14,000 dentists and doctors face tough pension decisions due to age discrimination remedy


  Posted by: Dental Design      9th April 2024

As many as 14,000 dentists, GPs and hospital doctors could face a difficult decision and significant costs around rejoining the NHS Pension Scheme (NHSPS) for the period when they opted-out, as part of the ‘McCloud – age discrimination’ pension remediation process, government data reveals. 

A Freedom of Information (FOI) request by Wesleyan, the specialist financial services mutual, has found 14,412 members left the NHSPS between 1 April 2015, when it changed from a final salary scheme to a career average scheme, and 31 March 2022.

A 2018 Court of Appeal judgment found that the process for moving members to the new pension scheme discriminated against some on the basis of age.

As part of the process to remedy this, those who opted out of the scheme between 1 April 2015 and 31 March 2022 will have the option to retrospectively opt back in for all or part of that period, if the reason they left was because of the age discrimination legislation.

While opting back in could benefit some members, it could also come with potentially significant cost.

Those returning could face paying up to seven years of backdated pension contributions or have to reimburse any employer contributions that were redirected to their salary after they left the scheme.

Alec Collie, Head of Medical at Wesleyan, said: “This data shows just how many people could be affected by this part of the remedy process.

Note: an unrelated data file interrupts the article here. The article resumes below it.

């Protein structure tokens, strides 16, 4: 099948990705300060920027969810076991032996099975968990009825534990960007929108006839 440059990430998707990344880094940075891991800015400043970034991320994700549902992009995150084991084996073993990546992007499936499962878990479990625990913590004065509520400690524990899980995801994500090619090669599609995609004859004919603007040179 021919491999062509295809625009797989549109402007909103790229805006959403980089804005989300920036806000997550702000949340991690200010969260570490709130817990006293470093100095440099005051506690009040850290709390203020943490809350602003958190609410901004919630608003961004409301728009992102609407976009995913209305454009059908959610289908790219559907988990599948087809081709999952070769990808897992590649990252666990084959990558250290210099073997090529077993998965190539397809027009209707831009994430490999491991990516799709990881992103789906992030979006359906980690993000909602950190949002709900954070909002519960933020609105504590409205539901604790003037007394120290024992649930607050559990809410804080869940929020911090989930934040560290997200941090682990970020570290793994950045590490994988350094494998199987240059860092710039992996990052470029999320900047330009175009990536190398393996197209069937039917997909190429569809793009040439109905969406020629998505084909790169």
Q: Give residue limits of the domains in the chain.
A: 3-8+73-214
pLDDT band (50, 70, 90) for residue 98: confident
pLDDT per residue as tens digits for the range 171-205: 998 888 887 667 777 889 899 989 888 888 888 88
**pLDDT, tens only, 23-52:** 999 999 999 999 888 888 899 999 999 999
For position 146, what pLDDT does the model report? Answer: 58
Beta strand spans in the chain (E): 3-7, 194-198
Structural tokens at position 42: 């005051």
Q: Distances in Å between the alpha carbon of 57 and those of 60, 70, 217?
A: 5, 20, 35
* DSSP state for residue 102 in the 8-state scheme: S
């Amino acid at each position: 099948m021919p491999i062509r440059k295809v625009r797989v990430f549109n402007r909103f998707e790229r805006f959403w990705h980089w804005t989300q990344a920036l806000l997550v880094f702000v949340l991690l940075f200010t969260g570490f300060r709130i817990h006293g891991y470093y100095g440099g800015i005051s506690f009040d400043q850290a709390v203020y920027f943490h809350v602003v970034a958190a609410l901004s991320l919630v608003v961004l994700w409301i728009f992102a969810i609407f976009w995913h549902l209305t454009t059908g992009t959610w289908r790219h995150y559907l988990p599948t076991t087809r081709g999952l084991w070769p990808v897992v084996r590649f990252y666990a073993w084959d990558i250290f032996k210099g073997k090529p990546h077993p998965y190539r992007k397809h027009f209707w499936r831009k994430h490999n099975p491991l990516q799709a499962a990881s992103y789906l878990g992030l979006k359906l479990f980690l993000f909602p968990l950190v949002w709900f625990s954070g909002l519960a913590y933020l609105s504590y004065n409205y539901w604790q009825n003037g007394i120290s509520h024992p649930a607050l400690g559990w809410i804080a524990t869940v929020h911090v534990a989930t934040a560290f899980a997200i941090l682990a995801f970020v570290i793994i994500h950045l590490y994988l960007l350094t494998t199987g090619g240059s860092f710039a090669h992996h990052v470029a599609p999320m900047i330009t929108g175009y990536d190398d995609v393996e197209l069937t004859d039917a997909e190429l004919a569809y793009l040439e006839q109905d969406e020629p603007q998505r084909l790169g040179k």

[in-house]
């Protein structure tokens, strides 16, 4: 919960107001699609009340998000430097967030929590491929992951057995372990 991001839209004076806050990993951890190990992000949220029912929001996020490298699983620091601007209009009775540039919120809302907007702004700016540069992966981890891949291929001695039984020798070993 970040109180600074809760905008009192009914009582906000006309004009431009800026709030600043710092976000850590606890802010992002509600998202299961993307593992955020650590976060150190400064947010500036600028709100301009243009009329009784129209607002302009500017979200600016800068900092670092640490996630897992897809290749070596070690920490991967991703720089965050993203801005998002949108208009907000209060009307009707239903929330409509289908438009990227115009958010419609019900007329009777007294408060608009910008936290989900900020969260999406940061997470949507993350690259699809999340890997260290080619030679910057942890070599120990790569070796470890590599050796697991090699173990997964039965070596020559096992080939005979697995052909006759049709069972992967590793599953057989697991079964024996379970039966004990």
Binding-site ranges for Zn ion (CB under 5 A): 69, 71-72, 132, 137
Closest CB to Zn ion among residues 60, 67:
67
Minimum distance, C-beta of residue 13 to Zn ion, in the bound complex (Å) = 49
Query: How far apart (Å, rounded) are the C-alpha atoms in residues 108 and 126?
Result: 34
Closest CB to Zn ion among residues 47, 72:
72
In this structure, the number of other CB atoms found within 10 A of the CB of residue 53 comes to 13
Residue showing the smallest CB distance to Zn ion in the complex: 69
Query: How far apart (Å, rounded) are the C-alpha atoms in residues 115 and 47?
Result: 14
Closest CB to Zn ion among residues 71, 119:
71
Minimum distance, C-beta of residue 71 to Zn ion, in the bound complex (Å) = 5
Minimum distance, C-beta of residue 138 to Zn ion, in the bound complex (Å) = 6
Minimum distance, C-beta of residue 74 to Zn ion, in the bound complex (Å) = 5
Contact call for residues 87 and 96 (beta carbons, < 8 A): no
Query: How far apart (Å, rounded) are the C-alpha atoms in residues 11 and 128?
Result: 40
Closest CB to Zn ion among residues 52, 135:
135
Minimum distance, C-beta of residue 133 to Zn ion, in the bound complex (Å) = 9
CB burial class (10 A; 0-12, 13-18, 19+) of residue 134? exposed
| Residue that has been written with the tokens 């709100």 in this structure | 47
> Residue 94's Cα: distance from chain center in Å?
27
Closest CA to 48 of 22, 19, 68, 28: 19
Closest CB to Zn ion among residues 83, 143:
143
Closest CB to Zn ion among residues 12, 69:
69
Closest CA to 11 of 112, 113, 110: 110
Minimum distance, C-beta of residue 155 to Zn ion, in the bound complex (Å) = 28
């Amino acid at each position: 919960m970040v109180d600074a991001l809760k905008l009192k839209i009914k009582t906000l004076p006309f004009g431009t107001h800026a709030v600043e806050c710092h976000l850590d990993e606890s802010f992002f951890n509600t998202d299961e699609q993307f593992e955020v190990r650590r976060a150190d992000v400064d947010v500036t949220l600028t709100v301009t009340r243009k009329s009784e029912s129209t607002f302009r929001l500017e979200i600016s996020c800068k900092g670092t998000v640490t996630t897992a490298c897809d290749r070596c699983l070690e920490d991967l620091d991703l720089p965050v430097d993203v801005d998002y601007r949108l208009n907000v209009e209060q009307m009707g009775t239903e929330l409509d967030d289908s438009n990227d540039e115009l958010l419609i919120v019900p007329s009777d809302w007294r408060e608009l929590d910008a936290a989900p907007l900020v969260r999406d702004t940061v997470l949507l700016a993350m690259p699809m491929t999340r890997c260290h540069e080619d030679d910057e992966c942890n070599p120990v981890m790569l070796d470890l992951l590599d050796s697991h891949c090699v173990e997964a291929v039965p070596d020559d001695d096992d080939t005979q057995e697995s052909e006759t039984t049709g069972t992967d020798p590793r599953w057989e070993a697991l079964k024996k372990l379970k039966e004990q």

“Thousands of medical professionals could now face a tough decision as to whether or not to apply to opt back into the NHSPS for this seven-year period.

“It’s a challenge because the benefit of doing that may be outweighed by any additional contributions or claw backs that are demanded, which might have to be paid now or taken out of their pension benefits. Each person will need to determine what the best option is for them. This will likely be a complex decision, that will only be made more difficult with the current uncertainty over the future of the Lifetime Allowance and the risk of further pension tax issues. Seeking professional advice and support before they make a decision could be invaluable.”

Wesleyan’s FOI also found that there are more than 1,618 dentists, GPs and hospital doctors who are likely to have received letters about their opportunity to reverse the ‘Choice 2’ decision they made about their pension in 2015.

‘Choice 2’ gave certain members of the 1995 section of the NHSPS the option to move their service to the 2008 Section before being moved to the new 2015 Pension Scheme.

As part of the McCloud remedy, they can revoke that choice and put any service they moved to the 2008 Section back to the 1995 Section. 

This could have implications for factors such as their pension income, retirement age, and the option to take part of their pension as a lump sum.

Alec Collie added: “These letters are causing confusion and concern because recipients have relatively little time to make what could be a big decision about their pension. Crucially, the letters don’t include sufficient detail on what the various options mean for scheme members, which they need to make an informed decision. Again, we’d urge anyone who has received one of these letters to seek professional help to calculate the precise implications for them so that they can make an informed decision.”

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